2 Corinthians 1:19-20 For the Son of God, Jesus Christ, whom we proclaimed among you, Silvanus and Timothy and I, was not Yes and No, but in him it is always Yes. 20 For all the promises of God find their Yes in him. That is why it is through him that we utter our Amen to God for his glory.

These verses express the optimism of grace. On the theological level, Paul looks to Christ as the positive message from God. Every promise God has made is fulfilled in Christ. This includes the Old Testament Scriptures, those made in the early church, this present age, and the age to come. Christ stands at the center and focus of God’s revelation. When God speaks to humanity, it is through the grace found in Christ. The Old Testament. This grace saves and changes people. It gives direction for life and service in the kingdom. It compels and draws people towards God and full commitment of the self to God. When God makes a promise, God does not change his mind but remains true to what he reveals. Since God speaks through Christ, the Word, these promises are also guaranteed and true.

To utter the “Amen” is to add one’s confirmation and agreement with what has been said. This is Paul’s message and the Corinthians should agree with it. This optimistic message is for God’s glory, not Paul’s, the Corinthians’ or anybody else’s. The “yes” of Christ reveals the power and awesomeness of the Almighty God. This power has been, is, and will be at work in the Corinthians. Paul will later write of the transformative (3:18) and recreative (5:17) power of God in Christ.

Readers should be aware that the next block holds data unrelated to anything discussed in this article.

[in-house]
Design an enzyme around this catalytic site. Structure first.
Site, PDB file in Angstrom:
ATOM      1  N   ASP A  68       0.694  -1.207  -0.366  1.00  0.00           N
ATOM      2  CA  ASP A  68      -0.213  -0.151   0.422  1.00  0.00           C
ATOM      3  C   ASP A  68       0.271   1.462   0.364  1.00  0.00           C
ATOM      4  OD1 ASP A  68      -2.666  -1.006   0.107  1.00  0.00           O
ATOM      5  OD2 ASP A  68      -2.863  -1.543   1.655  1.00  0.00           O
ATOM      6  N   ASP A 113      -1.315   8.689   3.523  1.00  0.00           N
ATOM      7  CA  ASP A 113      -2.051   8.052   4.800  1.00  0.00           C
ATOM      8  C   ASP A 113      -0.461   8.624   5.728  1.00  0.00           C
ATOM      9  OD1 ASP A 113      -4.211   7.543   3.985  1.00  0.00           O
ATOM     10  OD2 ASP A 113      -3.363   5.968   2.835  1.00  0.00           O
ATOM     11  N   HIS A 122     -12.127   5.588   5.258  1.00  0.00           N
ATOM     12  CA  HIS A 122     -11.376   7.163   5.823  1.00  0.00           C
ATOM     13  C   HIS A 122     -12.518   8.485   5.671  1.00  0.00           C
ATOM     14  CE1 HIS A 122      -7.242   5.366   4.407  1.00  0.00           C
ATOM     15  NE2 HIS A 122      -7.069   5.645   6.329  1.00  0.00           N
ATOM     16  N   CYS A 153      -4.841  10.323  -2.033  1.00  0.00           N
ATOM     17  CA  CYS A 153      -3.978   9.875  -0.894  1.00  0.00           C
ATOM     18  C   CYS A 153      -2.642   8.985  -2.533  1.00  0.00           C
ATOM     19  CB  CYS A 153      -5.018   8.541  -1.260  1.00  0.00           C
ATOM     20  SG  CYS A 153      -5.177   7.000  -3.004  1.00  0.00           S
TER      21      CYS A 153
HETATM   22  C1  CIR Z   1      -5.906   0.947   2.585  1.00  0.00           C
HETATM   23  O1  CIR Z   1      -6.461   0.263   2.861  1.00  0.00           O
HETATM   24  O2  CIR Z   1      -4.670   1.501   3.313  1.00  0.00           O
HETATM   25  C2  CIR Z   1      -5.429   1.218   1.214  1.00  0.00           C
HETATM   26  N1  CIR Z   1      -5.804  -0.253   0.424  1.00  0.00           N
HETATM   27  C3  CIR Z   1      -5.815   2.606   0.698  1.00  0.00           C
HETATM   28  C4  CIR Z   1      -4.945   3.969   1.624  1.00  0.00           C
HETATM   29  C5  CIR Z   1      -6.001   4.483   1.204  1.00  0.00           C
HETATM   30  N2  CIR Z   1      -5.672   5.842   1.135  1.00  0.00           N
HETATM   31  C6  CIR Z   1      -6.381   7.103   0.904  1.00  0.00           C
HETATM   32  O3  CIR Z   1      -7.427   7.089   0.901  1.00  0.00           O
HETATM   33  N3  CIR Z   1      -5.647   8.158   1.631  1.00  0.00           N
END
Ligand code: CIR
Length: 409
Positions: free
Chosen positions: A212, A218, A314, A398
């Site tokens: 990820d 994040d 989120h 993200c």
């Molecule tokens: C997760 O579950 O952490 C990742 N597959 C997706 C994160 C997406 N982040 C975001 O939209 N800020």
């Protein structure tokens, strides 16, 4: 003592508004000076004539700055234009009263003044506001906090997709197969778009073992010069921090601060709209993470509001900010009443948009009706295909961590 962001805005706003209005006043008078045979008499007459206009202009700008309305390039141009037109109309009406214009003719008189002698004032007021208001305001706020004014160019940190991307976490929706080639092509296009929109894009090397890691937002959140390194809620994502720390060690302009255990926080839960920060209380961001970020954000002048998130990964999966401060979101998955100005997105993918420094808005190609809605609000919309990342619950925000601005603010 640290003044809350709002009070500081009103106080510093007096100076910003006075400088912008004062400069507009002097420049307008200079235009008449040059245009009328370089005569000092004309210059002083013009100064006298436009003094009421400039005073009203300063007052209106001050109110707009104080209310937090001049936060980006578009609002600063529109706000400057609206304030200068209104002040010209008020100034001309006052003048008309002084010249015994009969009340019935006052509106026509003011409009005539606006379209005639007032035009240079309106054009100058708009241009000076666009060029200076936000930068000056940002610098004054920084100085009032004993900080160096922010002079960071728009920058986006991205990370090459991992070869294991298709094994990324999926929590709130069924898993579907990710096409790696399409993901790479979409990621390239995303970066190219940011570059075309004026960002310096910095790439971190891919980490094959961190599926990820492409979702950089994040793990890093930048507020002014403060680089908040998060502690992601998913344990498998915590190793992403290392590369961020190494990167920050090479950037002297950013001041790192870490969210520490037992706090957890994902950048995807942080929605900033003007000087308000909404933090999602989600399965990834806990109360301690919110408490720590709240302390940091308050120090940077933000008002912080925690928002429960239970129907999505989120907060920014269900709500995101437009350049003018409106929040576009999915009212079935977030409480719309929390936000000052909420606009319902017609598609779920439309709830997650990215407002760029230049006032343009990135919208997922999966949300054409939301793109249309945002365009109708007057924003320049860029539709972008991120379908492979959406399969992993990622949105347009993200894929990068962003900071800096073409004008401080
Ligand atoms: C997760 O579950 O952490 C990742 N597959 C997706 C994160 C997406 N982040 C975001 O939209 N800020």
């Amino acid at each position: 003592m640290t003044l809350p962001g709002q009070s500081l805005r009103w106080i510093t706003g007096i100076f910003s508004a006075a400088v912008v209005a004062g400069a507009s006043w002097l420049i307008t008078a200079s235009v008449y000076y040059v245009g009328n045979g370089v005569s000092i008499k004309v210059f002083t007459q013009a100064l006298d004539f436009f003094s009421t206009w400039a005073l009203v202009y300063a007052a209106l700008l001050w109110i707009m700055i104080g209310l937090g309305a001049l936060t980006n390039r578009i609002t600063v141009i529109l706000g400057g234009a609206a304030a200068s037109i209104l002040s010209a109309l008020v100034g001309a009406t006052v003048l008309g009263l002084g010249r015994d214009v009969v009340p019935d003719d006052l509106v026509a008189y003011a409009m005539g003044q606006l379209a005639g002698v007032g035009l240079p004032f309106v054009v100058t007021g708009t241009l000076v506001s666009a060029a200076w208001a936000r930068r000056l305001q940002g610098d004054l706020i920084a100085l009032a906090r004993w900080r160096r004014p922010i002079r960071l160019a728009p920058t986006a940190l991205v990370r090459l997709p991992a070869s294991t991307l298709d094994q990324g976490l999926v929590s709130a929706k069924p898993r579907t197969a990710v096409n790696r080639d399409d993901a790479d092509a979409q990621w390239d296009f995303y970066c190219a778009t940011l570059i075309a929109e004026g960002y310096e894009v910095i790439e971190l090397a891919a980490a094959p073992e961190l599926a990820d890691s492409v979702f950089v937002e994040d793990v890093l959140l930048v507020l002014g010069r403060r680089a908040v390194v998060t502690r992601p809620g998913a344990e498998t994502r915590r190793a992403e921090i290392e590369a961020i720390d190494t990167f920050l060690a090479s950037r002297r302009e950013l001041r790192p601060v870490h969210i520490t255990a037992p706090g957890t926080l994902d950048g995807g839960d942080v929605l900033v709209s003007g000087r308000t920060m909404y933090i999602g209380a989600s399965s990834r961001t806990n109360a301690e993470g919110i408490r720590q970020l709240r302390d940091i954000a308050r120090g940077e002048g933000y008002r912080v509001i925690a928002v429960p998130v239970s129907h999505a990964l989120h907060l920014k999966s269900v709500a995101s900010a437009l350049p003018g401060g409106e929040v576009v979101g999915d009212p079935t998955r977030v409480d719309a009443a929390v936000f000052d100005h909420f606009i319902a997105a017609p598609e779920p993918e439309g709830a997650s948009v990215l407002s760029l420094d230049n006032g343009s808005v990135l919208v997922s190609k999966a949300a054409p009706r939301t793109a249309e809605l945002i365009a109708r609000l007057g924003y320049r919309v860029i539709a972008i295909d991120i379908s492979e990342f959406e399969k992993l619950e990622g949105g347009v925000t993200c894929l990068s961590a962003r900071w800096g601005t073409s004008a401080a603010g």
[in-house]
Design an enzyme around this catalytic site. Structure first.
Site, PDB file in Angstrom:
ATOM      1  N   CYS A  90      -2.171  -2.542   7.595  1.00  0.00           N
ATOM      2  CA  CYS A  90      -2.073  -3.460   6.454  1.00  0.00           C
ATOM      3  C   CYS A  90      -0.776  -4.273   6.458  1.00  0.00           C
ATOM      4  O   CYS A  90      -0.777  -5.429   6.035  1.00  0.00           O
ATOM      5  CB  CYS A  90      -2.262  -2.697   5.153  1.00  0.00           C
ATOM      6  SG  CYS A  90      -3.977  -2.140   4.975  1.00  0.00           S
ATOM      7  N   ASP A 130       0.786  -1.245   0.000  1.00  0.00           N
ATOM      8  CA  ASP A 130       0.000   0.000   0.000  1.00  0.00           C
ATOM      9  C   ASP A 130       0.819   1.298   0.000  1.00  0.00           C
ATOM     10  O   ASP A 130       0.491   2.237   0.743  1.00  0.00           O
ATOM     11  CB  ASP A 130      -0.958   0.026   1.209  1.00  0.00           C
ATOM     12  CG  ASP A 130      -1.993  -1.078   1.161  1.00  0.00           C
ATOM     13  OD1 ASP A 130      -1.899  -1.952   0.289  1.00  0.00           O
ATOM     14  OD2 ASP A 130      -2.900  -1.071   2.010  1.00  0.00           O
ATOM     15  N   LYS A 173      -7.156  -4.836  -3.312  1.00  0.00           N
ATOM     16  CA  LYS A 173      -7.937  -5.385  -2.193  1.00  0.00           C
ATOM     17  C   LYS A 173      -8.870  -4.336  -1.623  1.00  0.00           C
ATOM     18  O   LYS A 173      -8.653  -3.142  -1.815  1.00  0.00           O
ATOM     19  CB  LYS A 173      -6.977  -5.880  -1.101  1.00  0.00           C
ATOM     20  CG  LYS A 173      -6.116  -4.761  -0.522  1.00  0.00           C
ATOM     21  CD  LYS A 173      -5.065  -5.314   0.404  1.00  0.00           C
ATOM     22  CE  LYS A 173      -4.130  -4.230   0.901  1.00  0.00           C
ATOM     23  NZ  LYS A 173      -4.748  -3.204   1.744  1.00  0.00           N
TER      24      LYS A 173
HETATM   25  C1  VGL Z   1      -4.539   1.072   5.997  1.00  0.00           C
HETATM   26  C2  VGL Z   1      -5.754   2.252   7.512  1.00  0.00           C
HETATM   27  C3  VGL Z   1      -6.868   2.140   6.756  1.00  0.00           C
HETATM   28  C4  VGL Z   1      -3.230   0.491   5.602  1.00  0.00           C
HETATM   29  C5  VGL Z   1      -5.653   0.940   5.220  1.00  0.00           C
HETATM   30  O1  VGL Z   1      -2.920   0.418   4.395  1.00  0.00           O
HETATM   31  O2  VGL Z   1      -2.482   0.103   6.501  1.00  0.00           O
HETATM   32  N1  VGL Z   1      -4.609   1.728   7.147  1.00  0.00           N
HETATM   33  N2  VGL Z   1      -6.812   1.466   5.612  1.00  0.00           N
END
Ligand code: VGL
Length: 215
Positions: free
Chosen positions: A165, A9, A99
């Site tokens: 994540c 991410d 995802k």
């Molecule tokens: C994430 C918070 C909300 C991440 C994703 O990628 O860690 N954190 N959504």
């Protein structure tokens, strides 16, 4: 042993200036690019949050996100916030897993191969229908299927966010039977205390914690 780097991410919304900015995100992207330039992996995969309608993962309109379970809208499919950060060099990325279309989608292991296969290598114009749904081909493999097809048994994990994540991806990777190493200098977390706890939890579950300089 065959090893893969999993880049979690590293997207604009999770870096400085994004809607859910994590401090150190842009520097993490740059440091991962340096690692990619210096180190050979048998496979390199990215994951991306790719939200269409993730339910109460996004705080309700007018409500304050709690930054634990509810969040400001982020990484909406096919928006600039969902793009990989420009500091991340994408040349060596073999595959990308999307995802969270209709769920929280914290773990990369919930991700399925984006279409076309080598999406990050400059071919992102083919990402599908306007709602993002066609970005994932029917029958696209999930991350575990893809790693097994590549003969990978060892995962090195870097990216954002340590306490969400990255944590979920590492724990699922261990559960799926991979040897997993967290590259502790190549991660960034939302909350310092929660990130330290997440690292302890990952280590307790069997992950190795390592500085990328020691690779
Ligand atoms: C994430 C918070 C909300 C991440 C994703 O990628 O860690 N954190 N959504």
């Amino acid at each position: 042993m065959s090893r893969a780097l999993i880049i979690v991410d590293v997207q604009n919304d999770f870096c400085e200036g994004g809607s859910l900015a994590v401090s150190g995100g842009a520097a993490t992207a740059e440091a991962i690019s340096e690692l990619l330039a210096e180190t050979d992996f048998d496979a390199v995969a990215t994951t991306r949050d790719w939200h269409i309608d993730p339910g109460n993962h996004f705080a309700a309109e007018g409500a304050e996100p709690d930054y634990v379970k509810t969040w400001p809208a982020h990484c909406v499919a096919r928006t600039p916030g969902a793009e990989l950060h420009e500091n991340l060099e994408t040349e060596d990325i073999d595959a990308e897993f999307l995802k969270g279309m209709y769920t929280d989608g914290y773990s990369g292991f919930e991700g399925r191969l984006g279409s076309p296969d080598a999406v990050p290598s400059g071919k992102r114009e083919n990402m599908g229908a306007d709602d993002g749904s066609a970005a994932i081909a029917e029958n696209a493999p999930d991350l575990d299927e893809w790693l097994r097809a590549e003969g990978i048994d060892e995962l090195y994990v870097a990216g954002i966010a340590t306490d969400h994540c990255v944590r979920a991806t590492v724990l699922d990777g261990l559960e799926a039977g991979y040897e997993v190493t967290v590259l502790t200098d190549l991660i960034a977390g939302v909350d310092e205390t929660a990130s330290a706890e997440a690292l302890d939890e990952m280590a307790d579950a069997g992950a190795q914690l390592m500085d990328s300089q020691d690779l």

In the context of this letter, Paul’s connects this optimism with the implied accusation of the Corinthians. No matter what plans are made and changed, these plans do not affect the essential message that Paul, Timothy, and Silvanus (a variation of Silas) preached among them. This message has always be optimistic and transformative. The Corinthians should not doubt Paul’s message just because he had to change his plans to see them. This could be viewed as heavy handed rhetoric, but Paul often connects theology to the practical situations with which he deals. Here, he gives the theological basis and uses this to remind the Corinthians of the most significant issue, and thus, they should not get so caught up in more trivial matters of change of travel plans. These verses also prepare for Paul’s defense of his message that is scattered throughout the letter.

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